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Sticker Art (also known as sticker bombing, sticker slapping, slap tagging, and sticker tagging) is a form of Street Art in which an image or message is publicly displayed using stickers. Sticker Art is a form of Outsider Art, which grew from DIY ("Do It Yourself") subcultures of punk rock, social justice movements, and skateboarding. These stickers may promote a political agenda, artists or art movements, film, musicians and other performing artists, or they may comment on a policy or issue.
The small size and quick-to-apply nature of stickers makes them the perfect medium for spreading a message in highly trafficked pedestrian areas. In most cities, the application of stickers to a surface is considered vandalism, and the stickers themselves are considered graffiti instruments. Sticker artists risk apprehension by officials enforcing anti-vandalism laws.
Akin to the Mail Art Movement, stickers are often traded using the postal system, leading to collaborative efforts between artists, and expanding distribution internationally. These trades are sometimes arranged personally or through social networking sites. Sticker artists use a variety of label types, including inexpensively purchased and free stickers, such as the United States Postal Service's Label 228 or name tags. Label 228's often feature hand-drawn art, and are quite hard to remove, leaving a white, sticky residue. Sticker artists also print their designs onto adhesive vinyl, which is more permanent, waterproof, and generally fade resistant. A variant type of adhesive vinyl, called "destructible," is used by some artists. Destructible vinyl decals were originally designed to be used as tamper indicators on equipment and shipping containers. The difficult–to–remove nature of this material is attractive to sticker artists, including Skullphone, B.N.E., and Obey Giant.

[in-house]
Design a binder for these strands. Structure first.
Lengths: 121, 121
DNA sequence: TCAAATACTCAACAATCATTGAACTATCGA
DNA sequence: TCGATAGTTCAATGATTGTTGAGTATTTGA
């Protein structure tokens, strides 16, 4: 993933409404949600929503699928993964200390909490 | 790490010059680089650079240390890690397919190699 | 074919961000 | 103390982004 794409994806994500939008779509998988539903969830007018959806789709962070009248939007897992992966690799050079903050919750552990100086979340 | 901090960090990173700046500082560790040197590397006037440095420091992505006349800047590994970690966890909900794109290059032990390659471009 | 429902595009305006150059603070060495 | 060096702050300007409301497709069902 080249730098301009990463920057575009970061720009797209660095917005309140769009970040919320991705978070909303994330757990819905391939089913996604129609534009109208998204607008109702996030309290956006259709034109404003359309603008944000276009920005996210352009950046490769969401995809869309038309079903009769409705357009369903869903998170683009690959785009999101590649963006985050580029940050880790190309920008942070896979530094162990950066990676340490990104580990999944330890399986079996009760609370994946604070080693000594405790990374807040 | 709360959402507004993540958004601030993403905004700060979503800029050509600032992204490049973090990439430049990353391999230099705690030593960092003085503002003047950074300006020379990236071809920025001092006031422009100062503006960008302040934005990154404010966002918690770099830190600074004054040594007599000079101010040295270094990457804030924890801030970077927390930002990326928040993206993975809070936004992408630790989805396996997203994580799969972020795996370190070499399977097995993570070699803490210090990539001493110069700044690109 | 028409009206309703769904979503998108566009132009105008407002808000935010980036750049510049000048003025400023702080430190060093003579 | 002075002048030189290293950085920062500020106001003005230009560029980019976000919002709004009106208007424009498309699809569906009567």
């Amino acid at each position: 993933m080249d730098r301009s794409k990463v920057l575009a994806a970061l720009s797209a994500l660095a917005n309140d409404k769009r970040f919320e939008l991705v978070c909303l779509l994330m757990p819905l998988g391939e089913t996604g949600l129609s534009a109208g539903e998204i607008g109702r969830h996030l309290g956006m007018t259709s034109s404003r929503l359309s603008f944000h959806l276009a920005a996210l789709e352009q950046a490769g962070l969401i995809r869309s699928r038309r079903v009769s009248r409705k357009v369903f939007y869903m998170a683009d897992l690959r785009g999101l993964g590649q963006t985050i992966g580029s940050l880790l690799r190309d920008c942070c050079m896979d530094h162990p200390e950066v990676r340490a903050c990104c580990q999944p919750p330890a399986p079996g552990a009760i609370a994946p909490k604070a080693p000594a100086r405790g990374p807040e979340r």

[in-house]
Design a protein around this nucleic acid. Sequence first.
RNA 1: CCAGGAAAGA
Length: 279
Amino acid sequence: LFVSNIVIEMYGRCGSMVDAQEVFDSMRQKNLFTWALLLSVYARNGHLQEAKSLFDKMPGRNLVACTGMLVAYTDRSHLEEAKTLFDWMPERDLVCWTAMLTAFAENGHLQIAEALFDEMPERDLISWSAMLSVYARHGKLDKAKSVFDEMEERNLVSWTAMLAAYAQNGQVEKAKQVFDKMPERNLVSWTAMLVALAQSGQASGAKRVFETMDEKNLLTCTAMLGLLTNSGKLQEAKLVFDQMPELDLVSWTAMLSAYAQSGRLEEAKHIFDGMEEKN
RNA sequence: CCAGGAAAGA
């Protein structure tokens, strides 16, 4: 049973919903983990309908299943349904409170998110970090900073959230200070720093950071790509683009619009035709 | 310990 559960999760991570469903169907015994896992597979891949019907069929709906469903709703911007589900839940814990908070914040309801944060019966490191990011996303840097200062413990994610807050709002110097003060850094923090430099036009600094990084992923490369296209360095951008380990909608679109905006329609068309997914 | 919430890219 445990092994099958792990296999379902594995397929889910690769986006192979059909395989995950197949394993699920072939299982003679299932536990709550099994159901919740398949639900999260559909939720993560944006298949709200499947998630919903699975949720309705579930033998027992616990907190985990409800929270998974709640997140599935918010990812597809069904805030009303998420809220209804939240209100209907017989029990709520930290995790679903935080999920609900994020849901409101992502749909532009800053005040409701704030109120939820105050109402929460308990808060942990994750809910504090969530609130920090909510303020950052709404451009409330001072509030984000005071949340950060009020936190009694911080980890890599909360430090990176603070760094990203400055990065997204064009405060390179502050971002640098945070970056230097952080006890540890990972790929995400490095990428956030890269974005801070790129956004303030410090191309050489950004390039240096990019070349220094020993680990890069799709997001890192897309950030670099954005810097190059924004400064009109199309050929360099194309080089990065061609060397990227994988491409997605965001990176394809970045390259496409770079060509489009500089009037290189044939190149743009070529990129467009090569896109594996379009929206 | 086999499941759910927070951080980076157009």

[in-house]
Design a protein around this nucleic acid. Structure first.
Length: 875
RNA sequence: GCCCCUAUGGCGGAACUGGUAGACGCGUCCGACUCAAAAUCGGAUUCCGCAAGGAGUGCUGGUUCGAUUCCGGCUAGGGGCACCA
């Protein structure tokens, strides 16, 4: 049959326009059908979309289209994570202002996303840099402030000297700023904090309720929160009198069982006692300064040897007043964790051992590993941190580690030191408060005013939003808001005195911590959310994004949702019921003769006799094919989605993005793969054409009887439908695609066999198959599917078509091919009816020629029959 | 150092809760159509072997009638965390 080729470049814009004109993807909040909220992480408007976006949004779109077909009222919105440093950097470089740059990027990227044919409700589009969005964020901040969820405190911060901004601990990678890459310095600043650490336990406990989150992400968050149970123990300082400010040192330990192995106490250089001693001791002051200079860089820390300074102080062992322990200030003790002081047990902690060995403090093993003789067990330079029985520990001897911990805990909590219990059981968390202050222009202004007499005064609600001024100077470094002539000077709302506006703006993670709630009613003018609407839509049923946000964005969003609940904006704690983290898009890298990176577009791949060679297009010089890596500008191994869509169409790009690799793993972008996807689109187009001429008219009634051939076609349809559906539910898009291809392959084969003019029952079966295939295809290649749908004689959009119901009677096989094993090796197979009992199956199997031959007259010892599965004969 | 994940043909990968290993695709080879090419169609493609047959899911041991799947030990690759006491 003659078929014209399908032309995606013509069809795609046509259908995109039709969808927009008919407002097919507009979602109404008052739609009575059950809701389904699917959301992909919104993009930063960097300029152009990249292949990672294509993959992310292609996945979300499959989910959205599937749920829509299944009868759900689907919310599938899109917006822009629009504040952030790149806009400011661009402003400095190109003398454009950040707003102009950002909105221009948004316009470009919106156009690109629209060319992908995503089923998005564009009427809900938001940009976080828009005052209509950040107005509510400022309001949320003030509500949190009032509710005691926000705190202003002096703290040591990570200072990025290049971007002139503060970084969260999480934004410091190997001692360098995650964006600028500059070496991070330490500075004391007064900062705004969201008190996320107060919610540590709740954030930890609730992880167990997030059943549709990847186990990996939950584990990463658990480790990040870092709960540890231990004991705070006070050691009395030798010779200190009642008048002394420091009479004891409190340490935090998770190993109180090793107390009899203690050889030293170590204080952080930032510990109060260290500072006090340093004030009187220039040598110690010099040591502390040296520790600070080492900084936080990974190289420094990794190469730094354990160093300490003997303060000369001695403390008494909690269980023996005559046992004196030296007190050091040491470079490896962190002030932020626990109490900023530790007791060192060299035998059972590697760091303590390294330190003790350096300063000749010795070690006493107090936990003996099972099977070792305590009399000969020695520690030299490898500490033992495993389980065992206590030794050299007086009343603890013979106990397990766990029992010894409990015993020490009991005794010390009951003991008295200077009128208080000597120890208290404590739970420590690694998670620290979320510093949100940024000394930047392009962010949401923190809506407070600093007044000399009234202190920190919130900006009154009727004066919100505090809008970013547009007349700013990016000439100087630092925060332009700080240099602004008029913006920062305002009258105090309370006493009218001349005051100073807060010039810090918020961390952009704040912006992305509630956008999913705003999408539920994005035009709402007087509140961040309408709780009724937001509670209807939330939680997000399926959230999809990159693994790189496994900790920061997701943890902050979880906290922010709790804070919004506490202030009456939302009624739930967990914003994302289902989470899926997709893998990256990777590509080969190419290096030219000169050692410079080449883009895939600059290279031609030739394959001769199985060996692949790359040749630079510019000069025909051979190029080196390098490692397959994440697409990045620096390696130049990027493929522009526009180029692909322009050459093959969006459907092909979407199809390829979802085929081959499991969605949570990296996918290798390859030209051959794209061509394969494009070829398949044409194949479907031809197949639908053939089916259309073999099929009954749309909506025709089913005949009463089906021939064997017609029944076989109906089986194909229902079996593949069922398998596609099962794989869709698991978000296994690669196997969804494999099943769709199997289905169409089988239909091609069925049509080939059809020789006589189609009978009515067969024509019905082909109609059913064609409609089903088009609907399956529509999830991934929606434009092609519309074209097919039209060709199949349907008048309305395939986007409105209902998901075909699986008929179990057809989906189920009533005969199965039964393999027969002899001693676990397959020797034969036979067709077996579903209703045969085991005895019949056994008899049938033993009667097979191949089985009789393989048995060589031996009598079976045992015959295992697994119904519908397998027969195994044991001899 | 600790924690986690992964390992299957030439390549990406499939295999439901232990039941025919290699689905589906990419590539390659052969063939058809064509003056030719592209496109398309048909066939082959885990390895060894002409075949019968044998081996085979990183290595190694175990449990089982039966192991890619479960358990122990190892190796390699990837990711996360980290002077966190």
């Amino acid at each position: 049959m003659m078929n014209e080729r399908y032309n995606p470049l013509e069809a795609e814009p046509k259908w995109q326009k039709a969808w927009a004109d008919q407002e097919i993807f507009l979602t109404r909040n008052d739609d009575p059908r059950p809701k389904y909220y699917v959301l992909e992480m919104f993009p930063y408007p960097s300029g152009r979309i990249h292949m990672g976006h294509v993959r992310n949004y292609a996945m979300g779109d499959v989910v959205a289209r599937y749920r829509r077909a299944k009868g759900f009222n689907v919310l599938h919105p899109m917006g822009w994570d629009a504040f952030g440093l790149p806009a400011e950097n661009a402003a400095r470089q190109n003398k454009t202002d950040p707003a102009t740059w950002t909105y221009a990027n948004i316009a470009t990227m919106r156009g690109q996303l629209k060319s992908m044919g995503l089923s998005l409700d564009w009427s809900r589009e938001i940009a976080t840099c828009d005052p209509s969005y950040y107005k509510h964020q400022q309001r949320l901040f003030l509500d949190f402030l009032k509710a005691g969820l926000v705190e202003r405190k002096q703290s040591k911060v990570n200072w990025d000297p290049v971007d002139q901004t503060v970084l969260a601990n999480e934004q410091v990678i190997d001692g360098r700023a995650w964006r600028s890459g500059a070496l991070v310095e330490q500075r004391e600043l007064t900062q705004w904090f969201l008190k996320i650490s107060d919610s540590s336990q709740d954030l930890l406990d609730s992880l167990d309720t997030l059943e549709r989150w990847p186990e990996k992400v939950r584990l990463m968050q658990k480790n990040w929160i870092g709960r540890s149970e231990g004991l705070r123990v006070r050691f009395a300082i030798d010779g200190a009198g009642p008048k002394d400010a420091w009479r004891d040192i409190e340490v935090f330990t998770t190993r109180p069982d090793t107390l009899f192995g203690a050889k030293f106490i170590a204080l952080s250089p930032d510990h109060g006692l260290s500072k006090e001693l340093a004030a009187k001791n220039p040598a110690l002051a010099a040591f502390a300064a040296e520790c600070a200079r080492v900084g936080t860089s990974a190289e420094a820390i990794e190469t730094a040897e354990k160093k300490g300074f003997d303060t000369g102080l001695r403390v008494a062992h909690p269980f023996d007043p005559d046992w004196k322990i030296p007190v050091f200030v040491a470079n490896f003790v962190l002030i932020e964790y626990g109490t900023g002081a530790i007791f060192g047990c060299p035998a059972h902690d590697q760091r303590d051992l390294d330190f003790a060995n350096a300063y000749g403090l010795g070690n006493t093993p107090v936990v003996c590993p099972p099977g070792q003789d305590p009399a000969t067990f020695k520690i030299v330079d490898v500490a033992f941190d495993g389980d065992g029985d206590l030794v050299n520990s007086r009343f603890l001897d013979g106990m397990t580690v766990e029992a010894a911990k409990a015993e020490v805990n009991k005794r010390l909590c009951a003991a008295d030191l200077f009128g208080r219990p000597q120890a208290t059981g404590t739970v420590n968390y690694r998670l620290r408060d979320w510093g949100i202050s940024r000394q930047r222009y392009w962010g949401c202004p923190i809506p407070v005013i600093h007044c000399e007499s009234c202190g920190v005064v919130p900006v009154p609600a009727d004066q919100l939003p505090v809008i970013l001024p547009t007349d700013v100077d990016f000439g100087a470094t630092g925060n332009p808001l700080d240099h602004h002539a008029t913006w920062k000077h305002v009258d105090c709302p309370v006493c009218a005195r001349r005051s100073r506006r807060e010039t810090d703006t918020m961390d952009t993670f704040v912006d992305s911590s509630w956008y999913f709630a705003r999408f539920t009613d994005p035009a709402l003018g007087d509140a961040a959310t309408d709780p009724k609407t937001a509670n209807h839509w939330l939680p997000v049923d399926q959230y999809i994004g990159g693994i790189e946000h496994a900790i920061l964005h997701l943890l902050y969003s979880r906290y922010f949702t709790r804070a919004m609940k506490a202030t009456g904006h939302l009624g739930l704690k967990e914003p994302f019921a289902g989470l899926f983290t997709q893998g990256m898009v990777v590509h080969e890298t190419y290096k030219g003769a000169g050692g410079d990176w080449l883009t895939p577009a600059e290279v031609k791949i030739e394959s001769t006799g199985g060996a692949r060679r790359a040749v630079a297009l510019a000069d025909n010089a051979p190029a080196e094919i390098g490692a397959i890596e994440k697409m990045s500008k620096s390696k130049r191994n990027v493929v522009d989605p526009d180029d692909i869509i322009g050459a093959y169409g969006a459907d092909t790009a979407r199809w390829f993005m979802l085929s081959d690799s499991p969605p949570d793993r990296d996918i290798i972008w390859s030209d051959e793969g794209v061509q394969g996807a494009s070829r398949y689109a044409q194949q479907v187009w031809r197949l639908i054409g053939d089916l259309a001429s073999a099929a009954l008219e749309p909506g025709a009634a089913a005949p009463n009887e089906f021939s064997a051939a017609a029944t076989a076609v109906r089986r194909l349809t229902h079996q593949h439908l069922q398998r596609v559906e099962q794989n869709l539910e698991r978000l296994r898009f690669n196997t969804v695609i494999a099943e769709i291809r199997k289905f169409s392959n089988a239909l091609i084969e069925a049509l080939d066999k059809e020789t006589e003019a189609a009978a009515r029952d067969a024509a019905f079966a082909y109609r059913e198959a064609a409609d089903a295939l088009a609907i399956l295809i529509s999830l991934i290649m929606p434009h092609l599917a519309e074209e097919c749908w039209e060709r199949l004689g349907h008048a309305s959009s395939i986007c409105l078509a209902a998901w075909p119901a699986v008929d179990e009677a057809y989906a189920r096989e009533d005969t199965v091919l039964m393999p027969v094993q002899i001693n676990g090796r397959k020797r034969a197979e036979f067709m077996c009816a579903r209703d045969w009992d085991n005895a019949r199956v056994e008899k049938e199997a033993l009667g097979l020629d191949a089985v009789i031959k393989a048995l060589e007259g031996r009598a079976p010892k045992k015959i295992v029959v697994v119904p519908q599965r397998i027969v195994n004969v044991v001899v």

Prolific New York City based artist, Jason Mamarella, working under the pseudonym D.W. Krsna, uses stickers to spread a message of animal liberation and vegan living. Cristina Vanko refers to her "I am Coal" project as "smart vandalism." Vanko uses stickers to identify objects that are coal powered, spreading awareness of global climate change. Shepard Fairey, who first gained notoriety with his Andre the Giant has a Posse sticker campaign, has become one of the worlds most recognizable artists.
- Stickers: Stuck-Up Piece of Crap: From Punk Rock to Contemporary Art by Db Burkeman & Monica LoCascio. Rizzoli Publishing 2010. ISBN 978-0789320810
- IZASTIKUP:A Unique Collection of Stickers Compiled by Bo130, Microbo and The Don. Drago Media (2005) ISBN 978-88-88493-33-6
- Claudia Walde: Sticker City. The Paper Graffiti Generation (Street Graphics / Street Art). Thames & Hudson, 2007. ISBN 978-0-500-28668-5
- PEEL: The Art of the Sticker by Dave & Holly Combs. Mark Batty Publisher (2008). ISBN 0-9795546-0-8
- Stickers: Stick Em' Up by Mike Dorrian & David Recchia. Thames & Hudson (2002). ISBN 978-1-86154-247-2
- Skateboard Stickers by Mark Munson & Steve Cardwell. Laurence King Publishing (2004). ISBN 1-85669-379-1
- Islamic graffiti
- Blackburn, Virginia (20 October 2007). "Poster boy with a difference". The Times. Retrieved 2009-10-23.
- "Student art project is vandalism for a cause". The Herald-Times. 7 March 2010. Retrieved 4 April 2011.
- "Making Engaged Art: Response and Intervention on Climate Change". The Canary Project. Retrieved 4 April 2011.
- Bierut, Michael; Friedman, Thomas; Morris, Edward; Siegel, Dimitri (2010). Green Patriot Posters. Metropolis Books. ISBN 978-1-935202-24-0.
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